After enduring a crucible, the technical sergeant is still standing. And now a writer and public speaker, Matt is, once again, a shining example of leadership. But this time, he teaches on the significance of resiliency.

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  1. Lee

    April 26th, 2014 at 12:22 am

    Dear Sir, Thank you for sharing that story. It confirms what I’ve been thinking about my journey with PTSD and nerve damage. I also have been turned away by doctors simply because they don’t know how to treat it. Your case gives me hope. I’m currently overseas seeking treatment that uncle Sam does not provide. Dogs are truly man’s best friend. I couldn’t live without mine.

    Reply »

    • Jacqueline O'Dell

      April 29th, 2014 at 12:50 pm

      Thank you for posting, Lee. We are honored to assist veterans in need. If you need further information, browse: http://www.aircompassionforveterans.org or call 888-662-6794.

      All the best to you.


  2. Maggie McDonough

    April 29th, 2014 at 12:33 am

    ACV is critical to our program being able to help Veterans obtain their service dogs. The tickets are always carefully planned out to the needs of each and every Veteran. Thank you for helping those that medically need to get to the programs that are helping them heal along their journeys.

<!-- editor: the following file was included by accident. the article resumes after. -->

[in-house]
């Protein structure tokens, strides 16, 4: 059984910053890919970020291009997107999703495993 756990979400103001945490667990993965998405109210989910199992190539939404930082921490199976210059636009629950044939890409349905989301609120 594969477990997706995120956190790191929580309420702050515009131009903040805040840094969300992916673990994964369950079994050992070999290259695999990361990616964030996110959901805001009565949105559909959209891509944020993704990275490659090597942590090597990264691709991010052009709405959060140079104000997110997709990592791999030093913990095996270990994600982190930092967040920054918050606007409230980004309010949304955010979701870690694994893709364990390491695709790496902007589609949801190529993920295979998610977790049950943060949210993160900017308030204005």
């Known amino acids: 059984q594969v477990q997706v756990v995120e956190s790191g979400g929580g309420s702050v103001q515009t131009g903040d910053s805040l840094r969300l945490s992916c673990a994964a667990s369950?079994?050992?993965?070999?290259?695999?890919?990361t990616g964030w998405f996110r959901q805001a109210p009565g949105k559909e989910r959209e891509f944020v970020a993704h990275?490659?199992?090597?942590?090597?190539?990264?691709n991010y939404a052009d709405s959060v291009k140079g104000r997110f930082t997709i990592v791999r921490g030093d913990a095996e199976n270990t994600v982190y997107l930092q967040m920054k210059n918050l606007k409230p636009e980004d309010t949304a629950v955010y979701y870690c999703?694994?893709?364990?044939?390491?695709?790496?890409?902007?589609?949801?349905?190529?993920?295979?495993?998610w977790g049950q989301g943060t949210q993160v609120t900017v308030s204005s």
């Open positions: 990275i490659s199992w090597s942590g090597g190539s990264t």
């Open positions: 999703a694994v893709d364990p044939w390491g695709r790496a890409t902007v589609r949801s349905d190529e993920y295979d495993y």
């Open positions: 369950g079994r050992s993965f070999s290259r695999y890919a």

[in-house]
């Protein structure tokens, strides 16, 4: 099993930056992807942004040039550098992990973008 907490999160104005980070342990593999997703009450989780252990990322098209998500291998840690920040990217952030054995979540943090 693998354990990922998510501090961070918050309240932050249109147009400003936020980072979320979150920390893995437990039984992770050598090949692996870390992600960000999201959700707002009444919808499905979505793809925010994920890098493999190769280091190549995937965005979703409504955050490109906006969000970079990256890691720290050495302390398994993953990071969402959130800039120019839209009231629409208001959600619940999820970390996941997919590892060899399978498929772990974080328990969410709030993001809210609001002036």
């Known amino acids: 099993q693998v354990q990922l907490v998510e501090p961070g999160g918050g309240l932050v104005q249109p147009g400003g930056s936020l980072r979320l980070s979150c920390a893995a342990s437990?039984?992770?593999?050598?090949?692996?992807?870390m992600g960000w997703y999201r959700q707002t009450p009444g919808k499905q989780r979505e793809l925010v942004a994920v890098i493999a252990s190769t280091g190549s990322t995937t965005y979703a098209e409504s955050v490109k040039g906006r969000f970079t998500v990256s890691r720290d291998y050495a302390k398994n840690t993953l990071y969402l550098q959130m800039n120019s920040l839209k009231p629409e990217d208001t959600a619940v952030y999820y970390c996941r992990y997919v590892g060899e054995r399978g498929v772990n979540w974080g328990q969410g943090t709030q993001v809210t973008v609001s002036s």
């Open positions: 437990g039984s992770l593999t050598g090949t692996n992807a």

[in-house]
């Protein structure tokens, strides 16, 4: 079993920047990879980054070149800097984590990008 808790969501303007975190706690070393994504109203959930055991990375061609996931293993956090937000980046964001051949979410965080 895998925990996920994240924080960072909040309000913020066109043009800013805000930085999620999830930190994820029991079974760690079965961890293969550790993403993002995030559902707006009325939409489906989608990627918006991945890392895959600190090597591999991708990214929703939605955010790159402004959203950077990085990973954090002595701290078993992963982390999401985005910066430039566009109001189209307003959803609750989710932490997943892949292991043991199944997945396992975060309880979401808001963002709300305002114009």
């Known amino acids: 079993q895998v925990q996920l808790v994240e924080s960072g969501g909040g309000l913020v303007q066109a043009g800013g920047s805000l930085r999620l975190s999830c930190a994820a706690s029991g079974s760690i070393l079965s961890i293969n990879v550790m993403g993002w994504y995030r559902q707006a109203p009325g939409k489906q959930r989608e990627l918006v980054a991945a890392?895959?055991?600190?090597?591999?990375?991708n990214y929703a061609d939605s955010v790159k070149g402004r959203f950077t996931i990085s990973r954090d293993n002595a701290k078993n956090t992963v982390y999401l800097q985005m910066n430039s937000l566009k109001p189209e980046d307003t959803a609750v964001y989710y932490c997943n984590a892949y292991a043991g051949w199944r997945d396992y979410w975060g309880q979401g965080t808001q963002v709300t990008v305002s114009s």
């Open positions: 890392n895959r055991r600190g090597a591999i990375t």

Reply »

    • Jacqueline O'Dell

      April 29th, 2014 at 12:54 pm


      It’s our honor to assist with bridging the gap between servicemember and service dog. When a veteran says how life-changing their experience has been, it motivates us to do all the more for the next veteran.

      Thanks for your post.


  3. Jacqueline O'Dell

    April 29th, 2014 at 12:47 pm

    Glad that you found your way to us.

    Reply »

  4. Jacqueline O'Dell

    April 29th, 2014 at 12:47 pm

    We’re glad you found your way to us.

    Reply »

  5. Rosemary

    December 2nd, 2014 at 05:52 pm

    Matt is our son-in-law. What can I say? Thank you so much!

    Reply »

  6. MarciEllen

    January 14th, 2015 at 08:06 pm

    I would give anything on this entire earth to be as lucky as Lee was to get a service dog or more importantly training for the Puppy I got last December specifically to get him trained as a service dog for me. I have multiple needs for a service dog and I have battled with the VA and they have played games the entire time; eventhough I have provided the regulations to them multiple times stating that Heaven is a Golden Retriever puppy and fits all the guide lines and there is no reason I have had to pay out of pocket for all of his expenses.